A senior Chinese government official has declared that there will be a severe crack-down against those using religion to interfere with ''the country's administrative, judicial, and social affairs.''
Ismail Amat, a state councillor dealing with religious affairs, told a national conference on religion in Beijing Jan. 14 that the ''rule of law over all social affairs is one of the major characteristics of a modern society, and religious affairs are no exception,'' according to the government Xinhua news agency.
Mr. Ismail identified the registration of religious locations, efforts to deal with religious problems of public concern, and the fostering of ''contingents of young patriotic preachers'' as three major tasks for the government this year.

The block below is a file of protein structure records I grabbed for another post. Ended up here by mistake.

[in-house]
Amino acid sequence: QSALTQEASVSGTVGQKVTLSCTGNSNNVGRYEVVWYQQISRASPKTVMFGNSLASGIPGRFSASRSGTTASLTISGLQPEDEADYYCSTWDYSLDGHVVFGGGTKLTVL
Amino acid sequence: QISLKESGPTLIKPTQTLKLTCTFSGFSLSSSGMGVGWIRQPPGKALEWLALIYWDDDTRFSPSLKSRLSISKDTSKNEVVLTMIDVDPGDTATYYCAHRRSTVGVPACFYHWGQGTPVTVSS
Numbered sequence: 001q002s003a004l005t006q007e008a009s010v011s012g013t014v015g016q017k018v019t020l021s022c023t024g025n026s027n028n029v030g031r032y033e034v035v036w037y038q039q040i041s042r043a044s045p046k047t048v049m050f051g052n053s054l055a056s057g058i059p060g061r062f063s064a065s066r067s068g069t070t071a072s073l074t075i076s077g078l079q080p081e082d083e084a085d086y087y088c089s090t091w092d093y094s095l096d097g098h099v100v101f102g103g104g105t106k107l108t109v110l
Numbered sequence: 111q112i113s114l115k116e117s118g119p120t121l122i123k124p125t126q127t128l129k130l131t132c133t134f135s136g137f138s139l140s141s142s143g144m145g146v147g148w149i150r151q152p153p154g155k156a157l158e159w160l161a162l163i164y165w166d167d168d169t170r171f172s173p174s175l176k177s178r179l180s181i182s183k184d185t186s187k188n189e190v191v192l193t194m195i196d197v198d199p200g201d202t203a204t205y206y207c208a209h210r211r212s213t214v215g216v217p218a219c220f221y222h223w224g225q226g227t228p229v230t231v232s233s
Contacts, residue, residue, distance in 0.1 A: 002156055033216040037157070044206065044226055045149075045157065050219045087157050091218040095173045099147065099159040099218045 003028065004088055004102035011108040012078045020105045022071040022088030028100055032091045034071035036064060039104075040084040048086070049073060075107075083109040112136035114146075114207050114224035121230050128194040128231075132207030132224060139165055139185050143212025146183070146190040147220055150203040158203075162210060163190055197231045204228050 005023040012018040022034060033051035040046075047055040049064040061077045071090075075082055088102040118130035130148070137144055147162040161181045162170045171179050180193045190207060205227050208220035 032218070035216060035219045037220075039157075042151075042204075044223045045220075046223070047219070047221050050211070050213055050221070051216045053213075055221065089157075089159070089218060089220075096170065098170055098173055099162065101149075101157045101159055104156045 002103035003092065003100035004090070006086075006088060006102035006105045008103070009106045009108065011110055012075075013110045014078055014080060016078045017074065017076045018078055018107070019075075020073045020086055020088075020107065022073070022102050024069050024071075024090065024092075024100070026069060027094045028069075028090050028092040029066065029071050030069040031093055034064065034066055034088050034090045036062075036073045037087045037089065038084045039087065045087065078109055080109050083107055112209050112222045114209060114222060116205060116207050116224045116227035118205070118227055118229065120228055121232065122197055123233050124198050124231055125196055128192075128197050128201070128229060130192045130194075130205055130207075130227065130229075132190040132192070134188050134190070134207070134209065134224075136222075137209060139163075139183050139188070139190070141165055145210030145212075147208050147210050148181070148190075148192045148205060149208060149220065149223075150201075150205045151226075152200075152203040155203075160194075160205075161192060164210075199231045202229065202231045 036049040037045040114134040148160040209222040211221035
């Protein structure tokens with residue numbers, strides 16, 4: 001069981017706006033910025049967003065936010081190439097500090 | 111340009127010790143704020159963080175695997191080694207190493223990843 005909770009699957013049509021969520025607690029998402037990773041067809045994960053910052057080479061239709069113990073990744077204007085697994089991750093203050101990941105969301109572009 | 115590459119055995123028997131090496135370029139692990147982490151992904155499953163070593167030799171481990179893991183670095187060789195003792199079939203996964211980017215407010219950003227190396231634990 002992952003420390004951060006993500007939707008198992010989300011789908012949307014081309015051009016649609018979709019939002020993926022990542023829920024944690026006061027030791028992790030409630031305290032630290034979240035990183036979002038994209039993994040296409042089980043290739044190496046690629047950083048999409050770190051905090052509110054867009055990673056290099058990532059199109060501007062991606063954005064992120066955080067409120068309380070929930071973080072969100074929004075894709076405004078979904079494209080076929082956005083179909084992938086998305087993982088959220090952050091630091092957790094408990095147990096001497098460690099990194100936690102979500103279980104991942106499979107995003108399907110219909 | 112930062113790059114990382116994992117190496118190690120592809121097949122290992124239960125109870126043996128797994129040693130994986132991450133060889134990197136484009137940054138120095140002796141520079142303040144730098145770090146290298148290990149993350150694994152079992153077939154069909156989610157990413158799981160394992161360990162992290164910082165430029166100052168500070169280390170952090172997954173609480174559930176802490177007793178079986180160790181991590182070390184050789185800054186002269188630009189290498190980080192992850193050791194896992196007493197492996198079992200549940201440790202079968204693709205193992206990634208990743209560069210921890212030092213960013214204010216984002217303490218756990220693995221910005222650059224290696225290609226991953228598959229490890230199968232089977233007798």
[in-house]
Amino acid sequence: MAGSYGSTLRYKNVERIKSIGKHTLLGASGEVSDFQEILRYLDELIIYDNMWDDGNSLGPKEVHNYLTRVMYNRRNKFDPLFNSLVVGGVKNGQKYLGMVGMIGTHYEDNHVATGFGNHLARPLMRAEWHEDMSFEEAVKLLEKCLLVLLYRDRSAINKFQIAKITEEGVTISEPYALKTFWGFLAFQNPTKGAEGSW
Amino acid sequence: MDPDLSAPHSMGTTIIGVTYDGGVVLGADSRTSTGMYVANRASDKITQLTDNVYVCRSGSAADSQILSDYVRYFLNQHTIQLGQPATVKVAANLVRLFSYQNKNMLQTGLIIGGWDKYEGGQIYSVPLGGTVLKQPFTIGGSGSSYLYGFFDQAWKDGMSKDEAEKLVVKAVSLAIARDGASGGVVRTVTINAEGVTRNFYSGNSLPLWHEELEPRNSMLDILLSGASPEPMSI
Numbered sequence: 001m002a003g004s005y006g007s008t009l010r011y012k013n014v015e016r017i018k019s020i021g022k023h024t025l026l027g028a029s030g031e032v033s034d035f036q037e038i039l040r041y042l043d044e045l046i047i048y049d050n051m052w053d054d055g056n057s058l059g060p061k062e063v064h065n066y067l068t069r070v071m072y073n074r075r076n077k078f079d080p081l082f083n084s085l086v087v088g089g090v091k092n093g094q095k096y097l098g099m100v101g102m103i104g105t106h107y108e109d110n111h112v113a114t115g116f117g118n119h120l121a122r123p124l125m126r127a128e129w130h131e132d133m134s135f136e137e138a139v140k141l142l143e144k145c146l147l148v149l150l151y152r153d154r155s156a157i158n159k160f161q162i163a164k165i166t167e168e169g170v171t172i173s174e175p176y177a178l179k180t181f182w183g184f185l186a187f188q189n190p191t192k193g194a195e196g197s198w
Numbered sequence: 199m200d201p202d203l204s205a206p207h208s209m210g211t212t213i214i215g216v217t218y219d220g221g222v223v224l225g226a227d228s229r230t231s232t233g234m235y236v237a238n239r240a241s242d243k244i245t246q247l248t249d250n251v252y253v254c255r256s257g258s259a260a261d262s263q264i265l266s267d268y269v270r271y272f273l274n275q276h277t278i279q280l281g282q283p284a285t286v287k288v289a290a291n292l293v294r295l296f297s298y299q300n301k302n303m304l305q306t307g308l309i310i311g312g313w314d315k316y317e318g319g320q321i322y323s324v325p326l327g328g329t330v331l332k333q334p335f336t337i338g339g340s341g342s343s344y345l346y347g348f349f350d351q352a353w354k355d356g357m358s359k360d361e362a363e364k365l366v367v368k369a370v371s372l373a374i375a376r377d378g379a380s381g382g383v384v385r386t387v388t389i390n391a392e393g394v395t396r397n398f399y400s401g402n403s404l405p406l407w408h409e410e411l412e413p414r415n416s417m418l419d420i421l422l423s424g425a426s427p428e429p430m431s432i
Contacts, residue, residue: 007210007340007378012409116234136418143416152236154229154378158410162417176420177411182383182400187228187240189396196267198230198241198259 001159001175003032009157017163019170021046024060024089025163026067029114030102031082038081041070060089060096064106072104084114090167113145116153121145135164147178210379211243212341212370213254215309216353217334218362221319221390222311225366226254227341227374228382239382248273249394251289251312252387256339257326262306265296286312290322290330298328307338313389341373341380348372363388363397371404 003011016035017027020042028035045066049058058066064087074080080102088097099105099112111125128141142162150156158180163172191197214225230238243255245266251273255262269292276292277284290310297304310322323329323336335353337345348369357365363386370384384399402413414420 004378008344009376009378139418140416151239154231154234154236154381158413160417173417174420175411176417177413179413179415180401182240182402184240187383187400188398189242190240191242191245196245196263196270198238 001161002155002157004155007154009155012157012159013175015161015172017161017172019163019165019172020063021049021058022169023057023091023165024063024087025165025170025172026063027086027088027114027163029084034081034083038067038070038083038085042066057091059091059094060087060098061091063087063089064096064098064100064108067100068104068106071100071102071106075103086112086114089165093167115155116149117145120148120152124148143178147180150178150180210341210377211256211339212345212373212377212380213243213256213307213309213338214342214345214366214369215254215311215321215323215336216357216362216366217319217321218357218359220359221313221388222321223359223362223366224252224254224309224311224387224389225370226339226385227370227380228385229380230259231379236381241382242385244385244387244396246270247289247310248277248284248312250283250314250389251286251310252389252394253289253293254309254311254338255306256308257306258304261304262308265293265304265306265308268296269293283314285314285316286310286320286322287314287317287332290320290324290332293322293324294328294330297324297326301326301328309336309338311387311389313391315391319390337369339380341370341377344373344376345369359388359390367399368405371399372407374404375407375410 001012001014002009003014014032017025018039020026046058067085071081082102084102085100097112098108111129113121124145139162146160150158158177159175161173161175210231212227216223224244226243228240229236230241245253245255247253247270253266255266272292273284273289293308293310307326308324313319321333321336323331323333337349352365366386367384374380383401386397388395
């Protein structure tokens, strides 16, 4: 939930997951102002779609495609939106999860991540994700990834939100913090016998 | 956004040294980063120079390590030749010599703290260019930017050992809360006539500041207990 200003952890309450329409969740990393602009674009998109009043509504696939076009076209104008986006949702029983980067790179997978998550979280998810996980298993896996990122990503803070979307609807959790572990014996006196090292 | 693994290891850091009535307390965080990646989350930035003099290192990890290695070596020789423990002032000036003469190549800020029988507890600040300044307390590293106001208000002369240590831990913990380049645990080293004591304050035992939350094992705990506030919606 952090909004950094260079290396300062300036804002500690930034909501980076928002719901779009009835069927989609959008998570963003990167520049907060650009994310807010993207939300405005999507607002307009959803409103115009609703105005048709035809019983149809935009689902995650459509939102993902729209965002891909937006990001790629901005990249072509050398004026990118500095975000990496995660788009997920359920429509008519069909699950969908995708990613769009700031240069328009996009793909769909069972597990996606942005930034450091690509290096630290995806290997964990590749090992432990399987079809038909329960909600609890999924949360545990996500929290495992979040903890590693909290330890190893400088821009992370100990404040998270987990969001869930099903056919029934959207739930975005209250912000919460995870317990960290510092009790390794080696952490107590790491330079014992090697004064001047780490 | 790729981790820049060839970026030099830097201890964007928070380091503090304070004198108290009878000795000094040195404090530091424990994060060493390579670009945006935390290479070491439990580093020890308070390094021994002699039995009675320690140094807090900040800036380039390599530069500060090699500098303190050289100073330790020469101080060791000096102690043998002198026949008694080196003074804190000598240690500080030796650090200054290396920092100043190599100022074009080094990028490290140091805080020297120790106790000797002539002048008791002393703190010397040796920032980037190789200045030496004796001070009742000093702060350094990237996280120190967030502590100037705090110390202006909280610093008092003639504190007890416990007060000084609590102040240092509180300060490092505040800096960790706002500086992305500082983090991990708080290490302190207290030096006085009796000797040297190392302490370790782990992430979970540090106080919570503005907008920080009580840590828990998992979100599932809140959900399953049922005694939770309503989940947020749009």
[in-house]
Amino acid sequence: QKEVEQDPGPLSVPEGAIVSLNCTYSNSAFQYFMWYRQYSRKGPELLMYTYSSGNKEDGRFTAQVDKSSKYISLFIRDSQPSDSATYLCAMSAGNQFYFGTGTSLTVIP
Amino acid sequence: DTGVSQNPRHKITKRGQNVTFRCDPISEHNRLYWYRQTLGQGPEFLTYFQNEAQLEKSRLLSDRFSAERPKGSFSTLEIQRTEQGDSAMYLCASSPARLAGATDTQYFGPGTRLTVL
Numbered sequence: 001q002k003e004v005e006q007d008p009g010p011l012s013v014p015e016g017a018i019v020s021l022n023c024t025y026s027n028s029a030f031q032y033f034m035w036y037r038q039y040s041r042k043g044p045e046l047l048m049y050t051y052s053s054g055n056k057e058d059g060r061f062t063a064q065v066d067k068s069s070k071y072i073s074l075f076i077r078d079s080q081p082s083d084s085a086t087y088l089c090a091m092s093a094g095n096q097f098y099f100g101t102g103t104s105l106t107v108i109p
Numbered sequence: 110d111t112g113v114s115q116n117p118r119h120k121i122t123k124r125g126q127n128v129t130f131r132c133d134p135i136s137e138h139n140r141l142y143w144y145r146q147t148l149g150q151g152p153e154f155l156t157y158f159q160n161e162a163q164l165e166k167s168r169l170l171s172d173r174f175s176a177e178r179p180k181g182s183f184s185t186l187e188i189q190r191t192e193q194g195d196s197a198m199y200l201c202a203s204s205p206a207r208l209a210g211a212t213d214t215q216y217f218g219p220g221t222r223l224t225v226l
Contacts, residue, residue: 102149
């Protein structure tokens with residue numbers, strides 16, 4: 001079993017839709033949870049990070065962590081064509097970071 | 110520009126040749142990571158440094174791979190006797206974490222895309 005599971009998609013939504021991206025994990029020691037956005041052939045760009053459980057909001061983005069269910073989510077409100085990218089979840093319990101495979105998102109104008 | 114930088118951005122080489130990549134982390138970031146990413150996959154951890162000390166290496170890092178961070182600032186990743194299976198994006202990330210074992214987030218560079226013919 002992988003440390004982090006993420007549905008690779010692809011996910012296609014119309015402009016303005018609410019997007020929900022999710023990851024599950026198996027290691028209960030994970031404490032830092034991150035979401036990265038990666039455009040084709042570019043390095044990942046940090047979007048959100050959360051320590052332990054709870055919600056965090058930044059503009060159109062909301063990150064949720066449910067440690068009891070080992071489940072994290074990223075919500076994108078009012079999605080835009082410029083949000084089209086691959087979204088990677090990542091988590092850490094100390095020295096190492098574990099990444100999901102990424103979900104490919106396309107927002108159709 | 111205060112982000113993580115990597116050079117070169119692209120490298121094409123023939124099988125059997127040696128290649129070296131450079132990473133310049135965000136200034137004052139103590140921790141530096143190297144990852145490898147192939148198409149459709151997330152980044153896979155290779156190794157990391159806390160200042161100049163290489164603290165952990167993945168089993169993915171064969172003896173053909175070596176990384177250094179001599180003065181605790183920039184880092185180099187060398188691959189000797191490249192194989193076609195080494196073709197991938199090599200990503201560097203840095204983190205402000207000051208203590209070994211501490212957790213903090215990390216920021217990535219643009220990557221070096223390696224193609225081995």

He added: ''Those who make use of religion to interfere with administrative, judicial, martial, educational and other social affairs, especially those who take advantage of religious reasons to split the country, must be severely cracked down upon according to law.''
Religion is officially tolerated in China, provided that the government sees religious activities and leaders as acting in harmony with Chinese culture and are registered with the government. Government tolerance does not extend to underground churches which refuse to recognize or comply with regulations on religion.